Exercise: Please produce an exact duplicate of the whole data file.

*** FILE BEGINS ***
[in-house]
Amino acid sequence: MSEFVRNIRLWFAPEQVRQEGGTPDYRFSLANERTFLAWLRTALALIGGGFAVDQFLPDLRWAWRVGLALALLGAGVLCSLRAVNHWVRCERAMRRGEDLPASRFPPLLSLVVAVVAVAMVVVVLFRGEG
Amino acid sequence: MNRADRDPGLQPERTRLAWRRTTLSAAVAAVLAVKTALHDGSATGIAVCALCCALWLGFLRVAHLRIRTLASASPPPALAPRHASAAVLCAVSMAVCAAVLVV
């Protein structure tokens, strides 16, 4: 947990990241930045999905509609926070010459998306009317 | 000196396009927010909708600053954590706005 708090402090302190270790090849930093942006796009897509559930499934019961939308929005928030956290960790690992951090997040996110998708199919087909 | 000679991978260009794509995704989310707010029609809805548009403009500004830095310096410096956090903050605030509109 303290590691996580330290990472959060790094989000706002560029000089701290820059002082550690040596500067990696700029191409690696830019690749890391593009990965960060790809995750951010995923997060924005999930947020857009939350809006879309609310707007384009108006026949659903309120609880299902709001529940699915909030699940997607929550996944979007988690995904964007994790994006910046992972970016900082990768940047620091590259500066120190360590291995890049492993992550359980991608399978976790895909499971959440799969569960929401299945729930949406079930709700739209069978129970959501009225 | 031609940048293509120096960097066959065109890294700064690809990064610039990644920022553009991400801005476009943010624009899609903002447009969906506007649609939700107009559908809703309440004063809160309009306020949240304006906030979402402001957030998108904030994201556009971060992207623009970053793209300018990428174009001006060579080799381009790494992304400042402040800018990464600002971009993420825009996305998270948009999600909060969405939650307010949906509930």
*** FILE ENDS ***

[in-house]
Amino acid sequence: MSEFVRNIRLWFAPEQVRQEGGTPDYRFSLANERTFLAWLRTALALIGGGFAVDQFLPDLRWAWRVGLALALLGAGVLCSLRAVNHWVRCERAMRRGEDLPASRFPPLLSLVVAVVAVAMVVVVLFRGEG
Amino acid sequence: MNRADRDPGLQPERTRLAWRRTTLSAAVAAVLAVKTALHDGSATGIAVCALCCALWLGFLRVAHLRIRTLASASPPPALAPRHASAAVLCAVSMAVCAAVLVV
């Protein structure tokens, strides 16, 4: 947990990241930045999905509609926070010459998306009317 | 000196396009927010909708600053954590706005 708090402090302190270790090849930093942006796009897509559930499934019961939308929005928030956290960790690992951090997040996110998708199919087909 | 000679991978260009794509995704989310707010029609809805548009403009500004830095310096410096956090903050605030509109 303290590691996580330290990472959060790094989000706002560029000089701290820059002082550690040596500067990696700029191409690696830019690749890391593009990965960060790809995750951010995923997060924005999930947020857009939350809006879309609310707007384009108006026949659903309120609880299902709001529940699915909030699940997607929550996944979007988690995904964007994790994006910046992972970016900082990768940047620091590259500066120190360590291995890049492993992550359980991608399978976790895909499971959440799969569960929401299945729930949406079930709700739209069978129970959501009225 | 031609940048293509120096960097066959065109890294700064690809990064610039990644920022553009991400801005476009943010624009899609903002447009969906506007649609939700107009559908809703309440004063809160309009306020949240304006906030979402402001957030998108904030994201556009971060992207623009970053793209300018990428174009001006060579080799381009790494992304400042402040800018990464600002971009993420825009996305998270948009999600909060969405939650307010949906509930």